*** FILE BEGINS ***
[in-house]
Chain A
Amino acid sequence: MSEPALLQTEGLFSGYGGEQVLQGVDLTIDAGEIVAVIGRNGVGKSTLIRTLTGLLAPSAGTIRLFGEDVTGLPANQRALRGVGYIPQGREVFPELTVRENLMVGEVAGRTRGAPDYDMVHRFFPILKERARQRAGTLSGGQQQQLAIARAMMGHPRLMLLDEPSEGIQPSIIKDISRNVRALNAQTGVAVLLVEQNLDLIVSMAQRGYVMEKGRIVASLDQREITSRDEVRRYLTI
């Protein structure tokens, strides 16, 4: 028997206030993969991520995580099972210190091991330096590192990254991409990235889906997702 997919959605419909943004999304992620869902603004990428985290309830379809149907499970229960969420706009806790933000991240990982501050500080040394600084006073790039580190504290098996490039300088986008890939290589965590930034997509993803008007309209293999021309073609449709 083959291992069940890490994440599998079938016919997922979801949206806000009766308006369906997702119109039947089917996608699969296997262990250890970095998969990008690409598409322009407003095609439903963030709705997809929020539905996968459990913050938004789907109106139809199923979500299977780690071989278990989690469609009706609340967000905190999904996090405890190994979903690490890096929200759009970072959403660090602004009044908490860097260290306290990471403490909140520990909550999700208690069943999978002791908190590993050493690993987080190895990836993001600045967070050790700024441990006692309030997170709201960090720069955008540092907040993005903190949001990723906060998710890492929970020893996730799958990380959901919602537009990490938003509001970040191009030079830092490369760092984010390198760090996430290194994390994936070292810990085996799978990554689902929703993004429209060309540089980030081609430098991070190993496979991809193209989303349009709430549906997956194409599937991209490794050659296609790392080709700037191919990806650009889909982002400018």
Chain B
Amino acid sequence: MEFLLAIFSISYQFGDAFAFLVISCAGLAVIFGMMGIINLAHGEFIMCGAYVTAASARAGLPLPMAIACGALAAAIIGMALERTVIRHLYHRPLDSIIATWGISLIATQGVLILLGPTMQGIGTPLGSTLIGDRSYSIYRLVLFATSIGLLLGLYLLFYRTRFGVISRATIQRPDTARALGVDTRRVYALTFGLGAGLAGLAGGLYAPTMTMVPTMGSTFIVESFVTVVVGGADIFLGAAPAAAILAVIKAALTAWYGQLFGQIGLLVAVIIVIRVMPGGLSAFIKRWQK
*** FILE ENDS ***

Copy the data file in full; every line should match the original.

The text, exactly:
[in-house]
Chain A
Amino acid sequence: MSEPALLQTEGLFSGYGGEQVLQGVDLTIDAGEIVAVIGRNGVGKSTLIRTLTGLLAPSAGTIRLFGEDVTGLPANQRALRGVGYIPQGREVFPELTVRENLMVGEVAGRTRGAPDYDMVHRFFPILKERARQRAGTLSGGQQQQLAIARAMMGHPRLMLLDEPSEGIQPSIIKDISRNVRALNAQTGVAVLLVEQNLDLIVSMAQRGYVMEKGRIVASLDQREITSRDEVRRYLTI
């Protein structure tokens, strides 16, 4: 028997206030993969991520995580099972210190091991330096590192990254991409990235889906997702 997919959605419909943004999304992620869902603004990428985290309830379809149907499970229960969420706009806790933000991240990982501050500080040394600084006073790039580190504290098996490039300088986008890939290589965590930034997509993803008007309209293999021309073609449709 083959291992069940890490994440599998079938016919997922979801949206806000009766308006369906997702119109039947089917996608699969296997262990250890970095998969990008690409598409322009407003095609439903963030709705997809929020539905996968459990913050938004789907109106139809199923979500299977780690071989278990989690469609009706609340967000905190999904996090405890190994979903690490890096929200759009970072959403660090602004009044908490860097260290306290990471403490909140520990909550999700208690069943999978002791908190590993050493690993987080190895990836993001600045967070050790700024441990006692309030997170709201960090720069955008540092907040993005903190949001990723906060998710890492929970020893996730799958990380959901919602537009990490938003509001970040191009030079830092490369760092984010390198760090996430290194994390994936070292810990085996799978990554689902929703993004429209060309540089980030081609430098991070190993496979991809193209989303349009709430549906997956194409599937991209490794050659296609790392080709700037191919990806650009889909982002400018």
Chain B
Amino acid sequence: MEFLLAIFSISYQFGDAFAFLVISCAGLAVIFGMMGIINLAHGEFIMCGAYVTAASARAGLPLPMAIACGALAAAIIGMALERTVIRHLYHRPLDSIIATWGISLIATQGVLILLGPTMQGIGTPLGSTLIGDRSYSIYRLVLFATSIGLLLGLYLLFYRTRFGVISRATIQRPDTARALGVDTRRVYALTFGLGAGLAGLAGGLYAPTMTMVPTMGSTFIVESFVTVVVGGADIFLGAAPAAAILAVIKAALTAWYGQLFGQIGLLVAVIIVIRVMPGGLSAFIKRWQK